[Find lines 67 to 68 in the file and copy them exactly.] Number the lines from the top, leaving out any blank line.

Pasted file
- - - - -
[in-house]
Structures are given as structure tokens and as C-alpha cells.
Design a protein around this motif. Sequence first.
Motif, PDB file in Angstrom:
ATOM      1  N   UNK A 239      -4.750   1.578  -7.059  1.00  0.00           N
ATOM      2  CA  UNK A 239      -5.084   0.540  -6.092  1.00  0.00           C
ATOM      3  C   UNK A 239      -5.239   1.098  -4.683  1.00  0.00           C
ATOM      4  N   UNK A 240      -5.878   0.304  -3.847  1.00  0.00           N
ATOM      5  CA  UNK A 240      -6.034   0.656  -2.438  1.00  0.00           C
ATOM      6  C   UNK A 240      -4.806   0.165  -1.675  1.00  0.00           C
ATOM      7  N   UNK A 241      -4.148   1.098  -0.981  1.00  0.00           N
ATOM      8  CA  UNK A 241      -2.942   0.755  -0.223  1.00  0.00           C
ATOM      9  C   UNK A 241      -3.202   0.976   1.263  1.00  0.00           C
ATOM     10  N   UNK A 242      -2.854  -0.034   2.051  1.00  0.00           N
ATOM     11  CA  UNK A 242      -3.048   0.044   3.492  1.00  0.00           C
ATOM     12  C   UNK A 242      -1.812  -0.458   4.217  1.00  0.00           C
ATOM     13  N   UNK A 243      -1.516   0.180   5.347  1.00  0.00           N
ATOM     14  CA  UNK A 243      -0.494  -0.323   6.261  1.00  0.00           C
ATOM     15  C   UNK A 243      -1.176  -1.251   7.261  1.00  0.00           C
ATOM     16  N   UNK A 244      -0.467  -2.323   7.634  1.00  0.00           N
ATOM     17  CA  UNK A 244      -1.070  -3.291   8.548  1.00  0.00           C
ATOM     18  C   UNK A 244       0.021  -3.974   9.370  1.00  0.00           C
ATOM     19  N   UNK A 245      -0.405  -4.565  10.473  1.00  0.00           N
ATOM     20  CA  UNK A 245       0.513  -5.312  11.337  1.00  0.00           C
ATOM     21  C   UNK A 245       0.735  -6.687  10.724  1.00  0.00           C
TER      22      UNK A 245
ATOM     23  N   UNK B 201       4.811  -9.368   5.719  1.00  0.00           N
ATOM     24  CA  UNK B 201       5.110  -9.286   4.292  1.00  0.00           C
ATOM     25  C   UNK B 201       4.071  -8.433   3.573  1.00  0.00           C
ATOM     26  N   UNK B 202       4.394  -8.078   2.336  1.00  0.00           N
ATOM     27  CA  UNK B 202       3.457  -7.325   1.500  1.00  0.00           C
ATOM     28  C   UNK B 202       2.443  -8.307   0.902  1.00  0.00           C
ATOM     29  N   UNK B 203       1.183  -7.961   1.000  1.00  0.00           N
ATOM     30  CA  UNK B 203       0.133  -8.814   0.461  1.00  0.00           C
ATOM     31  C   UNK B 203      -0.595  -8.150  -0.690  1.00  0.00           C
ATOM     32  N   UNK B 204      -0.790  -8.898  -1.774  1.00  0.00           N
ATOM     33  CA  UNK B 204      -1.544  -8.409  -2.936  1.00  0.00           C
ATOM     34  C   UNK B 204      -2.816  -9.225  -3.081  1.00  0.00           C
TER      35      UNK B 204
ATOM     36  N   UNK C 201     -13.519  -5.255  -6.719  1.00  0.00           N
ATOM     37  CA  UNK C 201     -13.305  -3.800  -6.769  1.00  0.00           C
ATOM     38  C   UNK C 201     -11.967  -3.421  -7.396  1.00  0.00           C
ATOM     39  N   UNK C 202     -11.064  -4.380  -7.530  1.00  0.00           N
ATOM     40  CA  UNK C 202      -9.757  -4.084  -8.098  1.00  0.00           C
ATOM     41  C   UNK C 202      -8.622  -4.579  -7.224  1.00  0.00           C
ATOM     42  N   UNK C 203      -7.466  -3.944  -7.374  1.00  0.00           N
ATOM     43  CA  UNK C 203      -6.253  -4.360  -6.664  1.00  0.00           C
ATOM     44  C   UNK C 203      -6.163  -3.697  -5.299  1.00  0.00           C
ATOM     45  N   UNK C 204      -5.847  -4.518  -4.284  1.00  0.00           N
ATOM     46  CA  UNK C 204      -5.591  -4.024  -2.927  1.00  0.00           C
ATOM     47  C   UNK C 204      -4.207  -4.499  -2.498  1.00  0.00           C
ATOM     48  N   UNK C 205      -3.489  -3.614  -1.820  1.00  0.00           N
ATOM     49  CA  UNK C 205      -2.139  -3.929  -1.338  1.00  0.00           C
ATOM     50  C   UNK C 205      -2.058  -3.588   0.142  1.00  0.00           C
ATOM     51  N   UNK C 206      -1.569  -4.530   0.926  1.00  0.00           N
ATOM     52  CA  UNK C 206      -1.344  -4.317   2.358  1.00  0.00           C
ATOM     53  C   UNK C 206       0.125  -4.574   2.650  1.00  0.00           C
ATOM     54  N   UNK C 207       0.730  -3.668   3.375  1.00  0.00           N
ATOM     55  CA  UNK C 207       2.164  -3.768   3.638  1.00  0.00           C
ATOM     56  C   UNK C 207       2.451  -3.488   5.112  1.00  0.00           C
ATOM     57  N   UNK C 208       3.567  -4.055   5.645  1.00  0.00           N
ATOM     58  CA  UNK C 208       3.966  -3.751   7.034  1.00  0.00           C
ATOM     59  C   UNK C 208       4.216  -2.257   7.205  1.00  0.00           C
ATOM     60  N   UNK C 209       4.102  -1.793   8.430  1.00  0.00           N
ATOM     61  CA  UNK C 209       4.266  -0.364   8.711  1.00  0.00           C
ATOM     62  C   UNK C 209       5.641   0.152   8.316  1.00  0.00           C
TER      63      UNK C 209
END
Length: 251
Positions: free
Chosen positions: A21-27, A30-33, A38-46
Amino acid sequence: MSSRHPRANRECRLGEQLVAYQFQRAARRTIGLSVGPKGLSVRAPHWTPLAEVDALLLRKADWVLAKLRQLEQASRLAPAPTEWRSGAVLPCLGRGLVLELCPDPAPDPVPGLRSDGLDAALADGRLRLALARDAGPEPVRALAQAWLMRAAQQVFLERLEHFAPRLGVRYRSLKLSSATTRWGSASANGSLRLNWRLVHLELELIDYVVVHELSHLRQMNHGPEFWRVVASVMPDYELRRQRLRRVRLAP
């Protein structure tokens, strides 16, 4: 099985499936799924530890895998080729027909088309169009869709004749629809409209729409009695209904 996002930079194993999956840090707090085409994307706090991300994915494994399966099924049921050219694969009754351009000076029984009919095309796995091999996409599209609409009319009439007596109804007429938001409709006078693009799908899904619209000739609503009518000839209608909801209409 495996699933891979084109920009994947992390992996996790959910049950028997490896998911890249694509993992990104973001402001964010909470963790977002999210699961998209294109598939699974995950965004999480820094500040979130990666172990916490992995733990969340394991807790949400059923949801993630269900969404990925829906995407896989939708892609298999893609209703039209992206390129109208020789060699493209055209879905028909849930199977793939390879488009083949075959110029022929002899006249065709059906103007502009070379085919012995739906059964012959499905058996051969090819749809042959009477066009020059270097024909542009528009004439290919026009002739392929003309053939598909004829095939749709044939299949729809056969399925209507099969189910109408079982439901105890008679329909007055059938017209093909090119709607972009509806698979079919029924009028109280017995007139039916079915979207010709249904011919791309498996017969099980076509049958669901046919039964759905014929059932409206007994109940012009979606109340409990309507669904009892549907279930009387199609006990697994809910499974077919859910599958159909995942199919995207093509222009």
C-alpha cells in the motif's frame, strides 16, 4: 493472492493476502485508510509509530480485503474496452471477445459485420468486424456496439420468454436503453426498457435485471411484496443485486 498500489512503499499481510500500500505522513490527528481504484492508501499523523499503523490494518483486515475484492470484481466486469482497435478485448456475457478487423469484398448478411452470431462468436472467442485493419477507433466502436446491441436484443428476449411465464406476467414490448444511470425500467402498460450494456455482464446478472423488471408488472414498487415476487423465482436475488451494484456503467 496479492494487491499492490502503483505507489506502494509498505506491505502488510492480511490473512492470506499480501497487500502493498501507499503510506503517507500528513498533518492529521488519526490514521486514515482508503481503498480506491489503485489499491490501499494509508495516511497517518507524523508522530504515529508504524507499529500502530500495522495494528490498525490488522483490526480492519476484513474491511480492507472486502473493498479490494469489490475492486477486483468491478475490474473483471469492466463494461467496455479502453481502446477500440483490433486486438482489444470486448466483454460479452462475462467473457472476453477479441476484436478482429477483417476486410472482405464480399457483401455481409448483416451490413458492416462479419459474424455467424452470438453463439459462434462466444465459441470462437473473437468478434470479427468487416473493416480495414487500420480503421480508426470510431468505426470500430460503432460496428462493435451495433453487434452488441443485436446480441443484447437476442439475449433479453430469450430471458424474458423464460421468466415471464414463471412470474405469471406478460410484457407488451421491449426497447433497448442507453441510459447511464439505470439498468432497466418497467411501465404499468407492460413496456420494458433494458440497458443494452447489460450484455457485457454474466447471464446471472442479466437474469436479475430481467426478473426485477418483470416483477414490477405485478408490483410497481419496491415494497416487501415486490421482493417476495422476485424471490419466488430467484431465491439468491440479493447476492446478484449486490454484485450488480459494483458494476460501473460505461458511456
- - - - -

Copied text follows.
TER      63      UNK C 209
END